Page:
FIRST THOUGHTS: Hand Opera’s Phantom of the Opera on Sydney Harbour

Sir Andrew Lloyd Webber’s The Phantom of the Opera has been staged in numerous ways since its 1986 premiere at Her Majesty’s Theatre in London. Now, Opera Australia’s Handa Opera on Sydney Harbour has created a stunning visual feast in a new staging of Webber’s classic musical.

Venturing to the Handa Opera’s custom built home on Sydney Harbour’s bay parallel to the Sydney Opera House felt like exploring a hidden oasis developed just for us. With multiple ways of getting there, the venue is easily accessible.

Parking is available for an affordable $10 evening rate at the Domain Carpark with a free shuttle bus available to take you to and from the venue. Alternatively, you can park closer to the Sydney Opera House for a meal and drinks before taking the scenic walk along the Botanical Gardens pier that hugs the harbour. If this option seems too far, then never fear, there is also food and drinks available at their pop-up bars in the venue itself. NOTE: The Botanic Gardens gates shut in the evening so best to check the closure times and take a different route if needed.

I chose the former option of the convenient shuttle bus and safely arrived at the venue to swiftly collect my tickets before strolling through the gorgeously lit paths leading to the theatre. Faces of the Phantom’s mask adorned the pathways, allowing you to start fixing your mind on the performance ahead.

With this being an outdoors performance, the weather gods have to be favourable. Honestly, this was a concern leading up to the evening, but with a stable umbrella and sturdy rain jacket equipped, the excitement for this experience never faltered. This was confirmed when Gabriela Tylesova’s set came into view. With the Sydney Opera House and Bridge as background piece, the foreground featured half of a theatre arch that felt like it was plucked straight from the Opera Garnier in Paris. A grand (and I mean grand) staircase swept up from the tilted stage to swerve around the circular oval below and into the archway of the theatre curtains. And of course, dangling from a crane, was the ever so famous chandelier. To say my jaw dropped would be an understatement.

Due to the intense weather in Sydney in recent weeks, I had the context that this would be a Tech Rehearsal for the cast and crew. This was later restated by OA’s Artistic Director Lyndon Terracini as he welcomed us to the evenings performance, reminding us that there may be occasional stops and starts along the way. However, the amount of times this occurred was minimal in what my expectation and experience of tech runs was.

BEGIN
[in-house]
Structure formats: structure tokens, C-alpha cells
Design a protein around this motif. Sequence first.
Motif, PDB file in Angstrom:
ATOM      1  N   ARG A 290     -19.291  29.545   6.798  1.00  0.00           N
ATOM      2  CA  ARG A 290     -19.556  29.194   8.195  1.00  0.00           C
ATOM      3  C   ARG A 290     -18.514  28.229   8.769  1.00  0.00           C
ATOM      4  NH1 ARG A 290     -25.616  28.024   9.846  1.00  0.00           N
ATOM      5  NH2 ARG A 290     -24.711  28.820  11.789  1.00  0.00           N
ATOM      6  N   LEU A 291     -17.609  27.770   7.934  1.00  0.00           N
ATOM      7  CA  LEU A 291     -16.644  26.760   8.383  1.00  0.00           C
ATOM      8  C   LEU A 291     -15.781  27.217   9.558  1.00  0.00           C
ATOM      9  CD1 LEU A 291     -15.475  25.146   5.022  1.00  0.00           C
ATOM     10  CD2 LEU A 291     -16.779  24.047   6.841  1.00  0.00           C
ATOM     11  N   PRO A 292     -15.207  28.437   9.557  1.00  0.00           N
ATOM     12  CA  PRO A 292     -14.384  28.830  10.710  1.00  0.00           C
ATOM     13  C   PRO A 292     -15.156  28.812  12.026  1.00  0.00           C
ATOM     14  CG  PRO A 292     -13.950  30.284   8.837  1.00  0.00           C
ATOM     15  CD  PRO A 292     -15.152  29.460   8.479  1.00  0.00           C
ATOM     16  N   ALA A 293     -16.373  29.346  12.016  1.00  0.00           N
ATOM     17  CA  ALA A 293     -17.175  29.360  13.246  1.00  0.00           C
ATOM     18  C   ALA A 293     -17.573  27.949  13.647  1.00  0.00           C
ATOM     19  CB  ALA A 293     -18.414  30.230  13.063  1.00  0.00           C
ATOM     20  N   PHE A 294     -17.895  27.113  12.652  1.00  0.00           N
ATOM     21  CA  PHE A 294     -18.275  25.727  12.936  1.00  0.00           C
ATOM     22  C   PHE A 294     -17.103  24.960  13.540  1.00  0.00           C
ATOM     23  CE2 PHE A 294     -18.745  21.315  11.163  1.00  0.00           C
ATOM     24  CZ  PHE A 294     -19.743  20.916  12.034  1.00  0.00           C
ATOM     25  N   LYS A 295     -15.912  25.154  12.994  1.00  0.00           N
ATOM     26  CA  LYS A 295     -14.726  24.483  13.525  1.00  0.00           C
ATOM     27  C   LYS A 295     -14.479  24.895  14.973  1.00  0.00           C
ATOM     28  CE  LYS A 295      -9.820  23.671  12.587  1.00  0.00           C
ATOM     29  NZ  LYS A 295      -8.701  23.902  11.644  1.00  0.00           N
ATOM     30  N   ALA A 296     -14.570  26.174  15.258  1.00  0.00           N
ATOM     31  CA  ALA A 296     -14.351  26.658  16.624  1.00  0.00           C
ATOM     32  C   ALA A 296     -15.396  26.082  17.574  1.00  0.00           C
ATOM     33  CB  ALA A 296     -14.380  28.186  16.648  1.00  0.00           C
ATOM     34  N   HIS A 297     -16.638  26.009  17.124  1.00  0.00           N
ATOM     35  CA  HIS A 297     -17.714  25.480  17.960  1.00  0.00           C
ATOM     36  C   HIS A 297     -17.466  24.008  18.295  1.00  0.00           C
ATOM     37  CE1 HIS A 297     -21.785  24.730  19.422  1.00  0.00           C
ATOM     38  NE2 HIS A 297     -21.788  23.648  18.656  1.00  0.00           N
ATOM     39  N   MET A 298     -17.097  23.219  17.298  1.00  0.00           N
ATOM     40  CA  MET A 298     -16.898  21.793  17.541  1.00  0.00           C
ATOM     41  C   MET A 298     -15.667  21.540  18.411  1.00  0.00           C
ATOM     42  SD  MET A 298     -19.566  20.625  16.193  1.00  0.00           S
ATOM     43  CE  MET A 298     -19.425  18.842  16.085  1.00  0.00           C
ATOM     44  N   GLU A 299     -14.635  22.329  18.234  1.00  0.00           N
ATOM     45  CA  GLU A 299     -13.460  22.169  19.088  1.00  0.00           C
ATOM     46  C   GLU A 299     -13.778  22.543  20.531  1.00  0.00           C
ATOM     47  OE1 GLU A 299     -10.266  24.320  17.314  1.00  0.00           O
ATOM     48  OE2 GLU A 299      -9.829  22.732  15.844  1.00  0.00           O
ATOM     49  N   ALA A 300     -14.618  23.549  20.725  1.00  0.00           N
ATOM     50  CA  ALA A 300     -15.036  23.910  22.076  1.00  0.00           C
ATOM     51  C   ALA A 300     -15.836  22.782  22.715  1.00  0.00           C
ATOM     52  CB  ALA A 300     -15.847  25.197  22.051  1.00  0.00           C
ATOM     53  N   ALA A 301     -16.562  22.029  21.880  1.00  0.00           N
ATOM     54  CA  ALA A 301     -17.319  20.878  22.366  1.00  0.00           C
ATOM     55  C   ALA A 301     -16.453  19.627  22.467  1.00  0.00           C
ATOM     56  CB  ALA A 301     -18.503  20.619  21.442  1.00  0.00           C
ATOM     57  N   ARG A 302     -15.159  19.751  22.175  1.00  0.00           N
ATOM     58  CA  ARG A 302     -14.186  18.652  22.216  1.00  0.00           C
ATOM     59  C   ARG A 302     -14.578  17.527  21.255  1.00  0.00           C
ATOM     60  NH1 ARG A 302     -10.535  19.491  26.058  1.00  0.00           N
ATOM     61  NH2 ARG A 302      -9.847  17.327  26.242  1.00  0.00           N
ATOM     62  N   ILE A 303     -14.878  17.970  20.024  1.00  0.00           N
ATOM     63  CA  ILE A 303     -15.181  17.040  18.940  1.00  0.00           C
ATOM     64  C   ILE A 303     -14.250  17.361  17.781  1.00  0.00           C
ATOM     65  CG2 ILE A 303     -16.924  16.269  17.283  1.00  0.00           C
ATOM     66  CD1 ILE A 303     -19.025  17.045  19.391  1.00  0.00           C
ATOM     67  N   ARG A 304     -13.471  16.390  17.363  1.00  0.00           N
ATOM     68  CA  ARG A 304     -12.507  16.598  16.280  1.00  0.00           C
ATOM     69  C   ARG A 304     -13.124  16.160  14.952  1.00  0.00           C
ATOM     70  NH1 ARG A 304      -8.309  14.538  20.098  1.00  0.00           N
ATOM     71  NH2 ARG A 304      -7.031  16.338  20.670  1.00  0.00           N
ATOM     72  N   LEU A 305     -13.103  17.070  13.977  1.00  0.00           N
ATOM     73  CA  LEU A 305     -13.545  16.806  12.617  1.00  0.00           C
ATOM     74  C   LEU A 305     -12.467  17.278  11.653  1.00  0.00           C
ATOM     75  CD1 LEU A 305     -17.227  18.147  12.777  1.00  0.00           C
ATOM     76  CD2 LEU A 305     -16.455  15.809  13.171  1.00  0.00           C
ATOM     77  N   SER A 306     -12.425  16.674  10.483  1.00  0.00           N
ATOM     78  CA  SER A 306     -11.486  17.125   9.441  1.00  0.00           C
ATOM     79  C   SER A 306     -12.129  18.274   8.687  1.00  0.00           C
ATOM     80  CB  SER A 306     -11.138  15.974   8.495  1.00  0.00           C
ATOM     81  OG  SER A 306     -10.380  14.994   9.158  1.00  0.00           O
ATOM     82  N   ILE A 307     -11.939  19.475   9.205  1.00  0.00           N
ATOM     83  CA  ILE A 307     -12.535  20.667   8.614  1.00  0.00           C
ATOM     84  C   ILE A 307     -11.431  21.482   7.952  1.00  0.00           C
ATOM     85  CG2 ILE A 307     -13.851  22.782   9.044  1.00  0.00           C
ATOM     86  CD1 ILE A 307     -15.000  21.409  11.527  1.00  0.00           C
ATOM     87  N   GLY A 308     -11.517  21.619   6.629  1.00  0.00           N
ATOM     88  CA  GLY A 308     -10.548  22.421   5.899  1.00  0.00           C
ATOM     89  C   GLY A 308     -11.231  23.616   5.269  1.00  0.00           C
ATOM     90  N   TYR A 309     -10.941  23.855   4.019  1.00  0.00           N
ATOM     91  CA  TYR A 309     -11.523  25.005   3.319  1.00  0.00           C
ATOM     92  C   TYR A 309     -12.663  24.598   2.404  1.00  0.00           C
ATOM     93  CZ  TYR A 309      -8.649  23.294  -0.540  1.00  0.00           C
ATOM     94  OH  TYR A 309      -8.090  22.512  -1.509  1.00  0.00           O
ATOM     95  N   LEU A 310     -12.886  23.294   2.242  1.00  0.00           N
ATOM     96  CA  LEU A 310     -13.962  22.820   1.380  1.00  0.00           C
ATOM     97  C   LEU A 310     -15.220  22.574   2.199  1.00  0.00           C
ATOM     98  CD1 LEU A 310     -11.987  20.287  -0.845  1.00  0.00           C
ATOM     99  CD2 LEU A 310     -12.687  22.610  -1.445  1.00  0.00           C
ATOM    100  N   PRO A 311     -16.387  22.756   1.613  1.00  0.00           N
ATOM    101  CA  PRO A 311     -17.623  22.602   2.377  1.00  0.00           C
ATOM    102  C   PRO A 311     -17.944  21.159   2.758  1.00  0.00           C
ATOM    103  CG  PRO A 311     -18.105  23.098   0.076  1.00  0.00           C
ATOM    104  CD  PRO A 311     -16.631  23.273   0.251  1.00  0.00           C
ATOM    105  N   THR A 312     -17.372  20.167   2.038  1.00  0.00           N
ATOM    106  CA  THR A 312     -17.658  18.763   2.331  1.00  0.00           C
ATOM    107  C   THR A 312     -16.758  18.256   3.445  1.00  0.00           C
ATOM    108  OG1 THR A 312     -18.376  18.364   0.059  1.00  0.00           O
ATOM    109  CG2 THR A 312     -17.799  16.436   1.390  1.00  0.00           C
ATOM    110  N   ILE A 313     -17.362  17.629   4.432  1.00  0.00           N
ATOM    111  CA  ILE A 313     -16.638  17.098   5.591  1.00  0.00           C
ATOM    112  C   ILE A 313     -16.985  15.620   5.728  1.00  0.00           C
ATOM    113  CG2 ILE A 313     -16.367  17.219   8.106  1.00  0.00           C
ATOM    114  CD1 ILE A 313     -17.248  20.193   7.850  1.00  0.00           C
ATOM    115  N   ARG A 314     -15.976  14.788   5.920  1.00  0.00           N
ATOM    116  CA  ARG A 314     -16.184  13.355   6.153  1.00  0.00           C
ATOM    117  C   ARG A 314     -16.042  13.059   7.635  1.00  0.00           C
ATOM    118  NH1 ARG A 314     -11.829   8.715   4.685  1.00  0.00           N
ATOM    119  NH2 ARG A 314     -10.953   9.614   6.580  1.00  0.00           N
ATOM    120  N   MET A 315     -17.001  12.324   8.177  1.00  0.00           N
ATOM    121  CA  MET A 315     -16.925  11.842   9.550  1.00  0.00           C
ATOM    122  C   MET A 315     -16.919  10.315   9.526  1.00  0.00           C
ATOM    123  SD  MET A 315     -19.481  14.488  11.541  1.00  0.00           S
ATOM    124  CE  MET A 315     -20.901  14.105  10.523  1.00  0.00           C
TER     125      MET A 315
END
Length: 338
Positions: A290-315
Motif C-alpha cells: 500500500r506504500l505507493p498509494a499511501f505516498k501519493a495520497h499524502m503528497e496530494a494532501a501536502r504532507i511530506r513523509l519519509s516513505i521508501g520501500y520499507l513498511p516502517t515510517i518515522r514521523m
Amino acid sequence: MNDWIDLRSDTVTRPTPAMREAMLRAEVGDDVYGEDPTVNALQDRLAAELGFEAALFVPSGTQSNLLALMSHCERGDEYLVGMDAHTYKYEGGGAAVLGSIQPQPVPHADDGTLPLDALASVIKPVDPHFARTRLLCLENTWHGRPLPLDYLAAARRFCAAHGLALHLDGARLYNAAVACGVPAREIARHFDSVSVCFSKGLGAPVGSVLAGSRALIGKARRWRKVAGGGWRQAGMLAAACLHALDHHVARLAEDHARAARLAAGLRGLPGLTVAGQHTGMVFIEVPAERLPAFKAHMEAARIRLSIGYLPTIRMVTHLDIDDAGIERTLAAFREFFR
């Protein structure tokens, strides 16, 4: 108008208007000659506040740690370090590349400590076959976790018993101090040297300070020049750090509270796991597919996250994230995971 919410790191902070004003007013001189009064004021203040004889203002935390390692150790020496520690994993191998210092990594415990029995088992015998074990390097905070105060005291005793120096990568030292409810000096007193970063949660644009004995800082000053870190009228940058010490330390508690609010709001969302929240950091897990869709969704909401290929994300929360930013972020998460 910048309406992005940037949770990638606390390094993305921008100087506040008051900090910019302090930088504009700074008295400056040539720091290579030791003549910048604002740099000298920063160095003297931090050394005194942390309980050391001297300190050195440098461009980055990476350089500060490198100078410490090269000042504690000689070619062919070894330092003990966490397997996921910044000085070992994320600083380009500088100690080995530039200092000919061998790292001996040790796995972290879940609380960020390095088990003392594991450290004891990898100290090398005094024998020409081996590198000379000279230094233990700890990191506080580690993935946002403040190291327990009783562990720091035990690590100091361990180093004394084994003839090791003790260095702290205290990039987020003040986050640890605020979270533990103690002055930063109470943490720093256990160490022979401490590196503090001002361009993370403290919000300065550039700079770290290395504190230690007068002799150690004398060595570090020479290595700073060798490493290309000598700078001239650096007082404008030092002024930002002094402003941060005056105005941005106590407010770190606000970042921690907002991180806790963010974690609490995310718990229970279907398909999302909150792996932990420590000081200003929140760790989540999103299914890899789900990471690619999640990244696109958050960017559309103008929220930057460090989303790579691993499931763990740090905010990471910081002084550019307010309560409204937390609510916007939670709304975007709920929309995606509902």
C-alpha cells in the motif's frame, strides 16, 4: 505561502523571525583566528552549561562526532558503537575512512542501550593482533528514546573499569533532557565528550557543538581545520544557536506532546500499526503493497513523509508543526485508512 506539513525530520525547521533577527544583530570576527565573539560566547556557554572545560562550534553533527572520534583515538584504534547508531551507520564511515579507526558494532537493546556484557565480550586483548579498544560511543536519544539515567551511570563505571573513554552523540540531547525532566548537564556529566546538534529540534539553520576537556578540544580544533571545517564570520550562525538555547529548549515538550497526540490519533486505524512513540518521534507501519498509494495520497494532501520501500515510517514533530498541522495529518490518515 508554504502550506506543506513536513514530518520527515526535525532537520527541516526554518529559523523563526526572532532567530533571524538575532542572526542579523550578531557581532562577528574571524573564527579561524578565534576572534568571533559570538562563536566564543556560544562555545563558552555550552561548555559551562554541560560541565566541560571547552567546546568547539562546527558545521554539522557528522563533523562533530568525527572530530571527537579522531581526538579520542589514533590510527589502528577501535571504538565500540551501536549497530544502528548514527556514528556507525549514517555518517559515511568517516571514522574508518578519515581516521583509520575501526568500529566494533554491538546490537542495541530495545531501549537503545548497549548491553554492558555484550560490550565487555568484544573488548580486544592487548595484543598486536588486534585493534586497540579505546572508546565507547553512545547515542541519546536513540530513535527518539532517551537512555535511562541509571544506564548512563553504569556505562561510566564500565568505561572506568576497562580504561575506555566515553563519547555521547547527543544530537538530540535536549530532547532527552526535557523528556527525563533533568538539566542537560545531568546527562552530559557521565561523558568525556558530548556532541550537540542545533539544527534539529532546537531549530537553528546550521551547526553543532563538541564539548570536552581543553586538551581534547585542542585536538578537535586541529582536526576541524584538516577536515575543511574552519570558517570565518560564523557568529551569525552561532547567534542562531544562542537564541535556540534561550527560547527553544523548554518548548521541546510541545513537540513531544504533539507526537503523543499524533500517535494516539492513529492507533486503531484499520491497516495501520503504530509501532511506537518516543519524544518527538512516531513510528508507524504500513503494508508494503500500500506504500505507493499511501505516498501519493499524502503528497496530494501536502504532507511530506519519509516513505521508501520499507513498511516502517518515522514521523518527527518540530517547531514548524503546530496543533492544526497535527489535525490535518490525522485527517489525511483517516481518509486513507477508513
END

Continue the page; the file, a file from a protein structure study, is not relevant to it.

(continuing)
Led by the tour de force performance of Georgina Hopson’s Christine Daaé, the large ensemble powered ahead with occasional stops and technical changes, none of which seemed to phase them or the audience.

Indeed, the mixture of all of the facets of the performance and technical feats required is significant. From Nick Schlieper’s Lighting Design, to Gabriela Tylesova’s small changes to Joshua Robson’s Phantom costume, as well as the genius use of the bay itself – floating the Phantom’s boat above the harbour was incredible to watch – I was overwhelmed at times with the stunning visual buffet that was on display.

At times when the performance had to stop and sets had to be restructured or moved, casting my eyes over to the left and just seeing the Opera House and Harbour Bridge in the background was enough to remind me of how captivating the venue actually was. Perhaps my favourite visual in the show was during ‘All I Ask of You’ when Callum Francis’ Raoul and Hopson’s Christine were confessing their love, the ominous shadow of the Phantom himself could be seeing surveying the scene cast against the city skyline. It’s images like this that I wish I could have snapped and framed for musical moment bragging rights.

After the evenings performance concluded, I was left with only one thought: I have to get tickets to watch the full performance! If this was the preview and tech run of the show, then the full scale performance must be even more captivating.

In essence, this is a must see production for any fan of musical theatre, Opera or live entertainment. If this is what we can expect from the return of theatre after our unstable Covid-filled few years, then I am all in!

Tickets for Handa Opera’s Phantom of the Opera can be booked now via the link here. You can follow all the latest footage of the performance via their Instagram @operaaustralia

To keep up with the latest news, reviews and our own Theatre Thoughts, follow us on FacebookTwitter, or Instagram.

Leave a Reply